New Welding Method Shows Appeal In Reducing Costs.
Max Klein, welding, materials and corrosion expert with NAM, said that duplex steel is used by NAM as a corrosion-resistant material for constructing pressure vessels, pipelines and pipeline systems. The aforementioned welding specifications were laid down to guarantee the quality of the weld on the inside. The use of the GTAW method for the first two layers, combined with the use of the correct backing gas procedure, prevents welding splatter or unacceptable oxidation on the inside of the weld. The minute cracks that develop at the position of the welding splatters or oxidized layers make it possible for split corrosion to develop under certain conditions. The possibility of split corrosion on the inside of a duplex or other type of stainless steel pipeline is unacceptable to NAM.
A major disadvantage of GTAW welding using a backing gas is that it requires time-consuming preparations before the actual welding can even start. It is necessary to install a special backing gas chamber inside the pipe, complete with the cables and hoses for the controls, the supply of backing gas and the associated measurements. It requires a high degree of accuracy and means lengthy delays and waiting periods prior to and during the welding process.
In practical terms, this procedure means a significant increase in the construction costs of stainless steel pipelines. Compared to the old method of welding using coated electrodes (SMAW method) the cost of a pipeline increases considerably. This is largely because of the completely different and more complex logistics and the longer construction time required.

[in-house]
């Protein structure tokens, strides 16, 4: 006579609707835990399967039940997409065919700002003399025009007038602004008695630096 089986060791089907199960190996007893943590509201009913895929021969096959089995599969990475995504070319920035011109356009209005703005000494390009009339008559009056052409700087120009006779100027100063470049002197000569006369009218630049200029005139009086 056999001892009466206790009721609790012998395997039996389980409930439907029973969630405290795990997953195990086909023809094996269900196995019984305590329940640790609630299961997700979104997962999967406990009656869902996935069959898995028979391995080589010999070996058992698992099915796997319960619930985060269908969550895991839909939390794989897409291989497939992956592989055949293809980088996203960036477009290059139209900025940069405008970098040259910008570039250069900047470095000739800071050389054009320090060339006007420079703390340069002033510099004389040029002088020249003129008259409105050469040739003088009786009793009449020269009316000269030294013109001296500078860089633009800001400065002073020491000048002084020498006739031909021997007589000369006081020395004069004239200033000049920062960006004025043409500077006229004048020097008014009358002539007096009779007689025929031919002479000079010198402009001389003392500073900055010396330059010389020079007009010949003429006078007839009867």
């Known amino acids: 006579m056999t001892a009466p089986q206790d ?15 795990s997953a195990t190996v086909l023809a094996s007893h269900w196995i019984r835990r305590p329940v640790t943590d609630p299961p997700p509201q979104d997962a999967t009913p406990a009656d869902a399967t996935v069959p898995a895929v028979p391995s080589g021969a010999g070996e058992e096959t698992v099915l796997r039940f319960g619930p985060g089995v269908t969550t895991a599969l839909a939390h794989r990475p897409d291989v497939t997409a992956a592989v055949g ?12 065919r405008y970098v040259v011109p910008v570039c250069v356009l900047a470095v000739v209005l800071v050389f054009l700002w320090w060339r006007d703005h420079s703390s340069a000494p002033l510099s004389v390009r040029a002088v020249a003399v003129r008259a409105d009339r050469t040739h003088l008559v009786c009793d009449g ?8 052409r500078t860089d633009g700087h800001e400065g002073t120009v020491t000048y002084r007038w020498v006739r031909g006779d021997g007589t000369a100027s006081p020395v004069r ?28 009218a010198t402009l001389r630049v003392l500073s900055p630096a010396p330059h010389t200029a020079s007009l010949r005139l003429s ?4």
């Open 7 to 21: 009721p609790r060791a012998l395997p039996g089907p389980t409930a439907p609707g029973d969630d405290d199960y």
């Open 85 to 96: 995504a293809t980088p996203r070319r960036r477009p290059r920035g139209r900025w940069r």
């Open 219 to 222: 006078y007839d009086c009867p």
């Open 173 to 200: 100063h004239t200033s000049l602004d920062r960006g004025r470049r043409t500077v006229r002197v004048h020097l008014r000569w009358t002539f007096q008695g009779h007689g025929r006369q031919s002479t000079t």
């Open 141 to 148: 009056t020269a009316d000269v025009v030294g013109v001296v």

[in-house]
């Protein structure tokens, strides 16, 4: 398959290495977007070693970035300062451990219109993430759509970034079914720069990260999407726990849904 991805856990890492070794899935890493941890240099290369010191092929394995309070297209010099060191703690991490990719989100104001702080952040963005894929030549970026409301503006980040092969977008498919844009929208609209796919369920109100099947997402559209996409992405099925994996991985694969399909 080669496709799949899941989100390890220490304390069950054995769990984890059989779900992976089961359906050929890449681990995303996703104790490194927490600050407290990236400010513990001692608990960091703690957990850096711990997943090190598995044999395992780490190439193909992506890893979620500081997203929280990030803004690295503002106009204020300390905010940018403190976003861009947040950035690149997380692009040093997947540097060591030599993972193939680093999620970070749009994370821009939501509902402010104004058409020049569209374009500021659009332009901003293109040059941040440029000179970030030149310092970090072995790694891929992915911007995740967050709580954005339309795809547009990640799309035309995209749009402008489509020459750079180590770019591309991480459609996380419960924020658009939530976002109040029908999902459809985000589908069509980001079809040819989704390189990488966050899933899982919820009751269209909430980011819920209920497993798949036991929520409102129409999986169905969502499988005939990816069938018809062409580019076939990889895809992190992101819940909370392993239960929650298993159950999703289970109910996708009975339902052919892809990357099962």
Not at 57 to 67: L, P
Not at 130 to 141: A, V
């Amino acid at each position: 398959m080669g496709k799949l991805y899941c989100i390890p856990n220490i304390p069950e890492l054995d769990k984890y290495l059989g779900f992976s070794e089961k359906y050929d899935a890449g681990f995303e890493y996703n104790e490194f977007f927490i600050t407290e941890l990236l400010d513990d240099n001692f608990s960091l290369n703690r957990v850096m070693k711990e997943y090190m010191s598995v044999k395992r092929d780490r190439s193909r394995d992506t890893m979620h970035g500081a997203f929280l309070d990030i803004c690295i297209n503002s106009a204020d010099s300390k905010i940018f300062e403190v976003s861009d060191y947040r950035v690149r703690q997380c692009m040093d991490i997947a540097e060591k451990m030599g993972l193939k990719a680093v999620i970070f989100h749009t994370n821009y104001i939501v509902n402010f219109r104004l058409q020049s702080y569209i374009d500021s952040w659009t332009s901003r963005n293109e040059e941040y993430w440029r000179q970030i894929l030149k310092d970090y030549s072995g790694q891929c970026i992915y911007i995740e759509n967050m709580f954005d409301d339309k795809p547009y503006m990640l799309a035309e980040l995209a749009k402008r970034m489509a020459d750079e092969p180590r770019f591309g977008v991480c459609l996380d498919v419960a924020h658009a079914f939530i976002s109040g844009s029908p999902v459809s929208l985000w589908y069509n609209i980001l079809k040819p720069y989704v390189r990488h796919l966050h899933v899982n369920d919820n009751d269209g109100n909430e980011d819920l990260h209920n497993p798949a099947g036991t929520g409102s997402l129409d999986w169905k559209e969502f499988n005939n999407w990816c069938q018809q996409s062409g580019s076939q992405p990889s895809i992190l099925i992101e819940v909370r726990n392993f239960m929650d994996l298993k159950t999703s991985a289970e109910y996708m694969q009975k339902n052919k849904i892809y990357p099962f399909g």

For Wim Dijkstra, mechanical engineer, Gas Land Business Unit, NAM, the higher costs were an important incentive to start looking for a cheaper alternative; if possible, one based on welding with coated electrodes (SMAW method). According to Dijkstra, experience has shown that pipelines welded using coated electrodes never gave problems under standard process conditions. Problems, if any, only arose after their decommissioning, particularly if the steel had received inadequate preservation treatment.
From Backing Gas Via Ceramics And Glass Fiber To Copper
To investigate whether there were other, cheaper alternatives for the welding method, Dijkstra got in touch with Jan Schepers, welding expert at Hulsink de Roo. After consulting with Max Klein, Schepers was assigned to conduct a variety of tests. In mutual consultation, a number of experiments were carried out with various methods and materials, such as ceramic, glass-fiber and copper backing strips on the inside of the welding seam. Tests were also carried out with coated electrodes. In the end, it was found that a copper backing strip gave the best results for the proposed application. In the meantime, the idea had also been postulated of using a standard internal (hydraulic) pipe clamp to press the strip of copper against the weld on the inside of the pipe. Such welds have been used in the pipeline industry for aligning pipe sections for quite some time. The manufacturer of these clamps is the Danish firm Weld-Tech ApS, a supplier to the pipeline industry. Rene Gronmark, managing director, modified the internal pipe clamps in accordance with Schepers' suggestions.